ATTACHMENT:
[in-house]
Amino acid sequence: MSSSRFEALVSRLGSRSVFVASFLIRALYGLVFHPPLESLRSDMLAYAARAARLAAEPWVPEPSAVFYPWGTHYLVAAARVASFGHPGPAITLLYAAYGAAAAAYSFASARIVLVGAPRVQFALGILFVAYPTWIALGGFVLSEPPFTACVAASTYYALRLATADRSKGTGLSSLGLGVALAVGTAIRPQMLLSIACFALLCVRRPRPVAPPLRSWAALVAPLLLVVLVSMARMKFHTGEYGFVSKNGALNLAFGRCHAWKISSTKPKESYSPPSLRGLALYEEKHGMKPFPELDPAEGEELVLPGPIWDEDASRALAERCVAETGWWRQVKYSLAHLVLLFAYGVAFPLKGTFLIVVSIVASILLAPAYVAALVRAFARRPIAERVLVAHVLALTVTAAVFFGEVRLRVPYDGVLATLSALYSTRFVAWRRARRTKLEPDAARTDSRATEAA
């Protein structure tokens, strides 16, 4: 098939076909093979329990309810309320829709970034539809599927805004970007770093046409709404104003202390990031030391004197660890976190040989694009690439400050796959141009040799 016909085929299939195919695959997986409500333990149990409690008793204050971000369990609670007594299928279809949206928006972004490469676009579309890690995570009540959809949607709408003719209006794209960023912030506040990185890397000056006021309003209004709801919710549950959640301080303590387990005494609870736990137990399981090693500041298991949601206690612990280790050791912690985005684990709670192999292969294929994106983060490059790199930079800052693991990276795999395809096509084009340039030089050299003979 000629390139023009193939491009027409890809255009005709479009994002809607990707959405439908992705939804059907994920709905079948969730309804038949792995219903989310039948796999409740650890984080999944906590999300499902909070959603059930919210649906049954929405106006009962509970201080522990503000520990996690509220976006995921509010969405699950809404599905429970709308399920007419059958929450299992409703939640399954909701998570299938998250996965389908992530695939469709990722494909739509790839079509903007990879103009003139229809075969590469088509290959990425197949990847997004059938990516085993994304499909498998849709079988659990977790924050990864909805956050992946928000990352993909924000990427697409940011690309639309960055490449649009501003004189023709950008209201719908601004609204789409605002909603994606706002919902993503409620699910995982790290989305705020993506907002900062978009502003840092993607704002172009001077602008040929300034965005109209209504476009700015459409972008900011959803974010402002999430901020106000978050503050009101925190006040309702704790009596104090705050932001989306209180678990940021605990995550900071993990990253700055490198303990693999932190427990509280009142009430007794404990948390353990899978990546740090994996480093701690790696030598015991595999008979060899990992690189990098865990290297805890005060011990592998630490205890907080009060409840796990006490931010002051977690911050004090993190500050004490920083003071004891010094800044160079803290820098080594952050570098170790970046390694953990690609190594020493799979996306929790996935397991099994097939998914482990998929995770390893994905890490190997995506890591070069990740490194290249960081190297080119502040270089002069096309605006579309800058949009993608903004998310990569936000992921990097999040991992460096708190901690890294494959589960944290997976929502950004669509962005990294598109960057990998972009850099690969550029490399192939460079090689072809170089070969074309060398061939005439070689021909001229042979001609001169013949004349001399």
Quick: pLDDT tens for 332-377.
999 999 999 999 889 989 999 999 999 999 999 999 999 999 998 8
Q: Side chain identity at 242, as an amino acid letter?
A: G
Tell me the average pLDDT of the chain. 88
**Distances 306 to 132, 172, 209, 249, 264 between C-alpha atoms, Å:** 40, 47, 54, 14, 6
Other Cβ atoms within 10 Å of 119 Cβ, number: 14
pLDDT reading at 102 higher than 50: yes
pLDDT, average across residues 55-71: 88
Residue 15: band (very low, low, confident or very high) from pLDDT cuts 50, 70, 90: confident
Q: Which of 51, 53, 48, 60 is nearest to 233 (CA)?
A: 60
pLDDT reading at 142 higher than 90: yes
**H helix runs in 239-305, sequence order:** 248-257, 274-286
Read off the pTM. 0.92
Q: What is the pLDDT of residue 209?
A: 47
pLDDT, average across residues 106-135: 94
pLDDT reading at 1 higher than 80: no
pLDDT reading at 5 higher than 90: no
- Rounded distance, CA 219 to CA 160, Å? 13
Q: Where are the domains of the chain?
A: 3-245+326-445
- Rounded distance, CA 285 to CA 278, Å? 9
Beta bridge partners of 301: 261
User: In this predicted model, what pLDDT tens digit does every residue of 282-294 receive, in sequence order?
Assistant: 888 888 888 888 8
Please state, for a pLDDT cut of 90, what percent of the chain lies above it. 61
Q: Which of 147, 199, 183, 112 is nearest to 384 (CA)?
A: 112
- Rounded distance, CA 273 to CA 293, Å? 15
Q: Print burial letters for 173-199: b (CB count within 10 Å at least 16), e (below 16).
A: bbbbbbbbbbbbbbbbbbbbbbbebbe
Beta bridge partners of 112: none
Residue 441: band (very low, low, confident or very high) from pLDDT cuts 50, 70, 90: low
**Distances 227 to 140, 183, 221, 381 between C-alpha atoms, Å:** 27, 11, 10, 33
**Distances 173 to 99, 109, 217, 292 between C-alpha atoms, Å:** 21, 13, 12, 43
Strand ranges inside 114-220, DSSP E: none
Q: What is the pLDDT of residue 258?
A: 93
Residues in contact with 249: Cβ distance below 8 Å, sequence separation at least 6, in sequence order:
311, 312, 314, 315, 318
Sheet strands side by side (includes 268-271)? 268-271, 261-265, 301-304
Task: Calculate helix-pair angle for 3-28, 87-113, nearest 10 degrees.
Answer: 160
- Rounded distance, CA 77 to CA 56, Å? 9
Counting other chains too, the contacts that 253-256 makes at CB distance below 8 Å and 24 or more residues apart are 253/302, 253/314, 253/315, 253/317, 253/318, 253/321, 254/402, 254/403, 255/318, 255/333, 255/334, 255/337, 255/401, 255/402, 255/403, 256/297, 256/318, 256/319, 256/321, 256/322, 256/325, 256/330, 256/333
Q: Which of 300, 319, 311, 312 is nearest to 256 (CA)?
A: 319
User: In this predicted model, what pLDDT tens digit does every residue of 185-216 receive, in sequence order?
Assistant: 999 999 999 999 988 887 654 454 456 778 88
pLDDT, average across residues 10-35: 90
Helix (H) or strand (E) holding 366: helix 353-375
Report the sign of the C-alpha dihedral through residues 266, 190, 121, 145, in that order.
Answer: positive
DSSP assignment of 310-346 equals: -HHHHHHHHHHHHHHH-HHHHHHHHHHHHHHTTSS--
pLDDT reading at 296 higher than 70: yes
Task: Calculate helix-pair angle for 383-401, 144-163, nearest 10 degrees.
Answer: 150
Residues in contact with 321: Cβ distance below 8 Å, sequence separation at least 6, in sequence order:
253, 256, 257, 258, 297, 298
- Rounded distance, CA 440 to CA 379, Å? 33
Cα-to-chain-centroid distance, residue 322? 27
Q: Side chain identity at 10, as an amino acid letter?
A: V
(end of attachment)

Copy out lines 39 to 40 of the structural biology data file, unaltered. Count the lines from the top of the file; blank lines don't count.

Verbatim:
**Distances 227 to 140, 183, 221, 381 between C-alpha atoms, Å:** 27, 11, 10, 33
**Distances 173 to 99, 109, 217, 292 between C-alpha atoms, Å:** 21, 13, 12, 43